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message 1: by Jimmy (new)

Jimmy | 1613 comments Mod
from the Washington Post:

CFC-11 is part of a group of ozone pollutants that were banned under a 1987 accord, but emissions have risen 25 percent since 2012, scientists reported Wednesday.

Scientists say the most likely explanation is that a manufacturer is producing the chemical without reporting it to authorities. It's a distressing development for what's commonly seen as a global environmental success story, in which nations — alarmed by a growing “ozone hole” — collectively took action to phase out the chlorofluorocarbons driving the depletion.

message 2: by Robert (new)

Robert Zwilling | 2193 comments Looks like artificial cooling is a big can of worms.

Article about mysteriuos ozone increase over last 5 years:

Two of the substitutes for the CFCs, are HCFCs and HFCs which also attack the ozone. The thinking was that because they were less stable than the CFCs, they would break down into substances that wouldn't attack ozone before reaching the upper atmosphere. This turned out not to be true.

Canada is phasing out the consumption of HCFCs by 2020 except for HCFC-123 which will be prohibited in 2030. Use of up to 0.5% of HCFCs in refrigeration and air conditioning equipment will be allowed until 2030. Its a standard agreement most countries plan on following.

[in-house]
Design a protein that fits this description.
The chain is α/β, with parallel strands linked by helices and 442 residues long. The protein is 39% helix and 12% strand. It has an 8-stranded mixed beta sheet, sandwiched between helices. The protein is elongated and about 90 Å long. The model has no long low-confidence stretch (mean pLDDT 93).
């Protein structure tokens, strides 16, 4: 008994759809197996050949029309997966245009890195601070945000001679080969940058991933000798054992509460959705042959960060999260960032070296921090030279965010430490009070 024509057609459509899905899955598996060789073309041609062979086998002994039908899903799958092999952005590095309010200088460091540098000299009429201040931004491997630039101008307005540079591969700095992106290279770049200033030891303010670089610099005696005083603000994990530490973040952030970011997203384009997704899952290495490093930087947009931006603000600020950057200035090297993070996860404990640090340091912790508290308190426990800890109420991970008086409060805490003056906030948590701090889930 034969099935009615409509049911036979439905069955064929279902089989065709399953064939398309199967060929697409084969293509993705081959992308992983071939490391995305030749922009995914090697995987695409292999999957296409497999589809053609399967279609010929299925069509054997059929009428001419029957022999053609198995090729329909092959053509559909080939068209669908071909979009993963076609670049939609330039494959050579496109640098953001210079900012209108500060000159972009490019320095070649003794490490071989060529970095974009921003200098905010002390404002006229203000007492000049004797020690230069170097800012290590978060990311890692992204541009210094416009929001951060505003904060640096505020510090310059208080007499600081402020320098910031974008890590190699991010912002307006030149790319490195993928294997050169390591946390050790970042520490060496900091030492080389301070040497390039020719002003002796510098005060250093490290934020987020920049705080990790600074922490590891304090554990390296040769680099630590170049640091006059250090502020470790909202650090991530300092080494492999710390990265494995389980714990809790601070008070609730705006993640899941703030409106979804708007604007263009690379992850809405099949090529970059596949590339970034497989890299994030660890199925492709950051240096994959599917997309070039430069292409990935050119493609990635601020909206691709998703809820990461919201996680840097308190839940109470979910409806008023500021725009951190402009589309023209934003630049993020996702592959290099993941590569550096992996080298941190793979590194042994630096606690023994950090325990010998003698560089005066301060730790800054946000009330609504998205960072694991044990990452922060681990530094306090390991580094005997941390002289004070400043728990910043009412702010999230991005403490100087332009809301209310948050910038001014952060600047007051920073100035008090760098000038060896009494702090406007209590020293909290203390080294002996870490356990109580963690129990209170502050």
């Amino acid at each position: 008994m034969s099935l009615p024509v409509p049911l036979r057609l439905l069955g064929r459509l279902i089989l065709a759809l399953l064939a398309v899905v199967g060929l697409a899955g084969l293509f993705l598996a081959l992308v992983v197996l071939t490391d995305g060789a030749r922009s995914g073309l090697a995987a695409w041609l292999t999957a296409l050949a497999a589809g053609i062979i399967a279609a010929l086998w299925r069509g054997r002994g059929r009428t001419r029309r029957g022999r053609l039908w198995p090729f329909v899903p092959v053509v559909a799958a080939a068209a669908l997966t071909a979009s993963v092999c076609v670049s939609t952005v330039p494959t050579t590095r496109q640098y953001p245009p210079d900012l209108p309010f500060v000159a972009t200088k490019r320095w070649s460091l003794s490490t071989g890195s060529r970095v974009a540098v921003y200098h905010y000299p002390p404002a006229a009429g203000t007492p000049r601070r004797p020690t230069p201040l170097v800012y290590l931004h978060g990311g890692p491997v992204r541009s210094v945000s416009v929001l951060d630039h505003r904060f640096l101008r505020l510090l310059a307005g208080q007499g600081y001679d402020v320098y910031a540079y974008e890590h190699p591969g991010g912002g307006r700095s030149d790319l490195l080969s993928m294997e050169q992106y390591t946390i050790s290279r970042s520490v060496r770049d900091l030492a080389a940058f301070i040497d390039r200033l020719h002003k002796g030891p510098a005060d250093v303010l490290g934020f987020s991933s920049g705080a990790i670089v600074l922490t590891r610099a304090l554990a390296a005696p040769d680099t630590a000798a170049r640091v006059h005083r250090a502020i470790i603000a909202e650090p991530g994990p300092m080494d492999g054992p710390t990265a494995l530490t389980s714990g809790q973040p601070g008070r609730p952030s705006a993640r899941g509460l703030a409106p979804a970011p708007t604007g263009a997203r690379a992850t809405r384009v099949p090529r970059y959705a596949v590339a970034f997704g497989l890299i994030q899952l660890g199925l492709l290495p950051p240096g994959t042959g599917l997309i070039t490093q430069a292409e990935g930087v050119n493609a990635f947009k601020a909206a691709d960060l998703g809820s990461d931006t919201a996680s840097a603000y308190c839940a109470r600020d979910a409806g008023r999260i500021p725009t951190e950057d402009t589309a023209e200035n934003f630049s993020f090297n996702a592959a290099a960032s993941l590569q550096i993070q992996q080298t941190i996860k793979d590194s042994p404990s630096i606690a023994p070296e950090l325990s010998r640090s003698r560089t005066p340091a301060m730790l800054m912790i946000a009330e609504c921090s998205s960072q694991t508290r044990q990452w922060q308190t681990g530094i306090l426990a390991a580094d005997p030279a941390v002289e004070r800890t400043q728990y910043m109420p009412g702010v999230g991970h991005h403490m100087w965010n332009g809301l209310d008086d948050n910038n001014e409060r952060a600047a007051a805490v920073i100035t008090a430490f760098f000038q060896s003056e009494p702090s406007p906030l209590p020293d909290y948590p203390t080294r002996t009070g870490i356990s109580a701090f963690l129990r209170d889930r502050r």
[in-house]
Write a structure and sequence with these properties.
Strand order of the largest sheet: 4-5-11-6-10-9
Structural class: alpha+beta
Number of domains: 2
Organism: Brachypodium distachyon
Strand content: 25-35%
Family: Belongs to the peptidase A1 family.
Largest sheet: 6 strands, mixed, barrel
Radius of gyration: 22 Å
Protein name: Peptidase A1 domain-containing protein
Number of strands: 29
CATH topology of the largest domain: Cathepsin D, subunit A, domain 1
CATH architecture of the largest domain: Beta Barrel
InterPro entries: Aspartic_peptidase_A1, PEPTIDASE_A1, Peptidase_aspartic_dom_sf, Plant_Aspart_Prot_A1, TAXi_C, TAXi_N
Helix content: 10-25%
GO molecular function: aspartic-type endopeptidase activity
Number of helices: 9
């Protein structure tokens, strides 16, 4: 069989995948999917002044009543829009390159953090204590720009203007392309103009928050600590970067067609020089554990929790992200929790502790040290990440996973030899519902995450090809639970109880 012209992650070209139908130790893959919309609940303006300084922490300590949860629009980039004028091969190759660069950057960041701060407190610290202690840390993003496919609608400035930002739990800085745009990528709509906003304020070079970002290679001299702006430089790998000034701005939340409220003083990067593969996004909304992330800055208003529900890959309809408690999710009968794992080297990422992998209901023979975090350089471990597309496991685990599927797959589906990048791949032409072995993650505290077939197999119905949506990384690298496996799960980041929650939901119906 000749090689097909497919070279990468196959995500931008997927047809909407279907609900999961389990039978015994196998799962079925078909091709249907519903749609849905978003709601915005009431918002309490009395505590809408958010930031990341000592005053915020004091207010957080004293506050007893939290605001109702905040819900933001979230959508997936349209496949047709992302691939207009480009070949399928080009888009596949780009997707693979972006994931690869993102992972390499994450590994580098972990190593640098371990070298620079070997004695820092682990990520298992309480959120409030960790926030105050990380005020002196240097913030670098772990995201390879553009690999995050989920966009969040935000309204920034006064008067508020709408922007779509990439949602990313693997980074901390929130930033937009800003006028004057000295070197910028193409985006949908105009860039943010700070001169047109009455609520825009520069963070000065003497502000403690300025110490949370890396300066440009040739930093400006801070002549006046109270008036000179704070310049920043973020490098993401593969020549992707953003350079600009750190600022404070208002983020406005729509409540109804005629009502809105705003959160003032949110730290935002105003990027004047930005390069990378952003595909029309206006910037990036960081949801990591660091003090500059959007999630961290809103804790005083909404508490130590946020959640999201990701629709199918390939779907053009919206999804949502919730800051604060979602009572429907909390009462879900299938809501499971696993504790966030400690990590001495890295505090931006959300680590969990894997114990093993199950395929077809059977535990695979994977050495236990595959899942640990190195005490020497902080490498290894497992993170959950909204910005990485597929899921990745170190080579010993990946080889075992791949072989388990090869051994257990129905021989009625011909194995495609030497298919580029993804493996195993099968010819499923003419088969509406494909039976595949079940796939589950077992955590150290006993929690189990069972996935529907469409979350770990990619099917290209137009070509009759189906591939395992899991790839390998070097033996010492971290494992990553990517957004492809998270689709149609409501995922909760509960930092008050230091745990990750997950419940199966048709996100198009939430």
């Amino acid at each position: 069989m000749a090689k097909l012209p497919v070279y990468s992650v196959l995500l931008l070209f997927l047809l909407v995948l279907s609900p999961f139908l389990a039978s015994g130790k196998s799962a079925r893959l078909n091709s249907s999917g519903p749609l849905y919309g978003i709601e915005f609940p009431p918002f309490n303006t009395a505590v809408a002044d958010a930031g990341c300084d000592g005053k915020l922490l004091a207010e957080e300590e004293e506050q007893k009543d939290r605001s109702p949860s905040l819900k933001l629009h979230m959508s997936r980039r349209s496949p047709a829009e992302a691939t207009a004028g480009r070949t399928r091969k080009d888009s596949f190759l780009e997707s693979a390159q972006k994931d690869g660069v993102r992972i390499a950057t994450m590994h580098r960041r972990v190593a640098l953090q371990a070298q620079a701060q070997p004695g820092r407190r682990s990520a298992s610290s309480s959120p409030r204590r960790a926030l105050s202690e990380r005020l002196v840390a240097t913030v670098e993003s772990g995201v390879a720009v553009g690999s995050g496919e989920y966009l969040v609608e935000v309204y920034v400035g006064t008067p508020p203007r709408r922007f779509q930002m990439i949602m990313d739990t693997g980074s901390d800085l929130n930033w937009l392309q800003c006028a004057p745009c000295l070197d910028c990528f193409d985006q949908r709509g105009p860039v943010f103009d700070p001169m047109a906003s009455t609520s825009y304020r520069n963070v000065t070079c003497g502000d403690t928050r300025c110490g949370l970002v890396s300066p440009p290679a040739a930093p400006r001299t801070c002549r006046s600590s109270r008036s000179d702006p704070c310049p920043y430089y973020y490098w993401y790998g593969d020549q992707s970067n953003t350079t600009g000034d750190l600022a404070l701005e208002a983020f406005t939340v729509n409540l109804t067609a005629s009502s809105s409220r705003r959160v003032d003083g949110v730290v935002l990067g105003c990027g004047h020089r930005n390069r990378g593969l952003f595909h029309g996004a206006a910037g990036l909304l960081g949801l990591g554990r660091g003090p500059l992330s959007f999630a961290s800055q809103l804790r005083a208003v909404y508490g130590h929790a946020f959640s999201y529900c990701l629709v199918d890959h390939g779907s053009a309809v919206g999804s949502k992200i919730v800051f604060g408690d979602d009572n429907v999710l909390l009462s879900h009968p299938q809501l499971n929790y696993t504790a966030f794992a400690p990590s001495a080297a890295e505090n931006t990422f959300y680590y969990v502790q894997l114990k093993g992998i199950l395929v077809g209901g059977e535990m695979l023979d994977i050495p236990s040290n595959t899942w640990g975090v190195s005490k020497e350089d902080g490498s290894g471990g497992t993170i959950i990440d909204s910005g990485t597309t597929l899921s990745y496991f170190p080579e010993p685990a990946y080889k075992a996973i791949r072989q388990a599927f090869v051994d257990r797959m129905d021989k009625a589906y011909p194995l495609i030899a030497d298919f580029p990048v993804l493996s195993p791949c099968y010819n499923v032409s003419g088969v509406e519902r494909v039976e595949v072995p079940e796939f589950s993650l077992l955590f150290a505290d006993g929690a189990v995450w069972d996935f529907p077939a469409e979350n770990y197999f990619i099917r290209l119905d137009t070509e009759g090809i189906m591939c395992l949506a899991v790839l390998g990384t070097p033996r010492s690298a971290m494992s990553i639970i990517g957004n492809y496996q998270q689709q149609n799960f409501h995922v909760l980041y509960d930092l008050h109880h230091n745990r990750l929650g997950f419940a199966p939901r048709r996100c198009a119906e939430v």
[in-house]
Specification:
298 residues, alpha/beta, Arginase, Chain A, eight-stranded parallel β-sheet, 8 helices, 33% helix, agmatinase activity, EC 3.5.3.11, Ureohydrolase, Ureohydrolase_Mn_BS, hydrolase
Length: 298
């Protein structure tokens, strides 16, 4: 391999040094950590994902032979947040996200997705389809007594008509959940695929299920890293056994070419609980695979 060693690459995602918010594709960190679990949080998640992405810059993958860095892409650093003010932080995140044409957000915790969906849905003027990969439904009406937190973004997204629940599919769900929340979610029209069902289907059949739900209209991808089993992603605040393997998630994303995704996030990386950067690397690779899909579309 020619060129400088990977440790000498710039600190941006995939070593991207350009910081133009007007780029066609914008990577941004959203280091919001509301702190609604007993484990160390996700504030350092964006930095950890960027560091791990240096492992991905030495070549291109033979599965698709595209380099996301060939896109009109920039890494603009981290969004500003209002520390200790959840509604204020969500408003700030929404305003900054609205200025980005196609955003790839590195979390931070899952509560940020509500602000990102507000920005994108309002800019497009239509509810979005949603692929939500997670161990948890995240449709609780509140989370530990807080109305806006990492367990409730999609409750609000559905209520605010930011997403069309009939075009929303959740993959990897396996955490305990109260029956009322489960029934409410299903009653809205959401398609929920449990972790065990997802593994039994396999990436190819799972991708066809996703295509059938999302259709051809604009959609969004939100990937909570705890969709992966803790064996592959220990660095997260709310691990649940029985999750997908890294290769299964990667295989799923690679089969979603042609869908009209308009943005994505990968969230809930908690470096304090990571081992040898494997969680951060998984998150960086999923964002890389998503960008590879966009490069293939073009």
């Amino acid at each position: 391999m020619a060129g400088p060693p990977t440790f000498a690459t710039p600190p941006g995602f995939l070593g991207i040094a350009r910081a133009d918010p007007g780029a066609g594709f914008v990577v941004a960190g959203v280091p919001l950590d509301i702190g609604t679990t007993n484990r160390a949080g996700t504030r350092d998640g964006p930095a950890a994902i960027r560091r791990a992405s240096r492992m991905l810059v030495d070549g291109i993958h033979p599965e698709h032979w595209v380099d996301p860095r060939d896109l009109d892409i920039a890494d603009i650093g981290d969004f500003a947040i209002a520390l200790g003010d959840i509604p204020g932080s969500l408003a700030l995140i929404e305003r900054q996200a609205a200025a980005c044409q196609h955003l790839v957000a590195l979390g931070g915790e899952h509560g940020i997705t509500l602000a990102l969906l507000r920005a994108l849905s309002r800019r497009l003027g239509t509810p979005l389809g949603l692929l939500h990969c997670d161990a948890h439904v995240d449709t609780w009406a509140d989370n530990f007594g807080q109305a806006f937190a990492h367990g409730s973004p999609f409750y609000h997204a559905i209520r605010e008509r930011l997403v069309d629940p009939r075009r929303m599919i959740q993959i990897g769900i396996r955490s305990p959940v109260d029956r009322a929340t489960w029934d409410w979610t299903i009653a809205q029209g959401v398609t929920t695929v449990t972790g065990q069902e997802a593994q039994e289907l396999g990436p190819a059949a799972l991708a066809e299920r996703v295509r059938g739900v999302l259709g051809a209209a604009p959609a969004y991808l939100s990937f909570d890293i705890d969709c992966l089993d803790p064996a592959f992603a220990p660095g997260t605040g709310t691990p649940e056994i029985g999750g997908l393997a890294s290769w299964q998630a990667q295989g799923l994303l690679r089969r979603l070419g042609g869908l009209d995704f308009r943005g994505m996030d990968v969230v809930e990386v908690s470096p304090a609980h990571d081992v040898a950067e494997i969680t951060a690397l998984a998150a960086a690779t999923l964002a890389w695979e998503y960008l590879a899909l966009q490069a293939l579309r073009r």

Besides being more expensive some of the substitutes are flammable.

The hydrocarbon substitutes are being slowly banned because they create greenhouse gasses which accelerate climate warming.

Spices are for more than just flavoring food. Going to back to preserving foods with spices and other preservation methods might make a comeback. We might not like the past but there were reasons for why things were done the way they were.

message 3: by Robert (new)

Robert Zwilling | 2193 comments The NY Times put some reporters in China where they thought the CFC-11 emissions were originating from. They found one town where the factories were using it, mostly producing foam.

While people claim that the ozone layer is well on its way towards healing itself, it seems strange that one town's industrial output could destabilize the ozone stability so rapidly. Seems more likely we are closer to the edge than previously thought.

message 4: by Ken (new)

Ken Kroes (ken_kroes) | 69 comments Thanks for the updates Robert and Jim,

Where this gets me is that this is a "simple" problem where we know the chemical reaction of CFC's on the ozone and it is taking decades to resolve along with people/countries not following through.

If it takes this long to resolve this, how long will it take for us to get resolution and compliance on the much more complicated topic of CO2/CH4?

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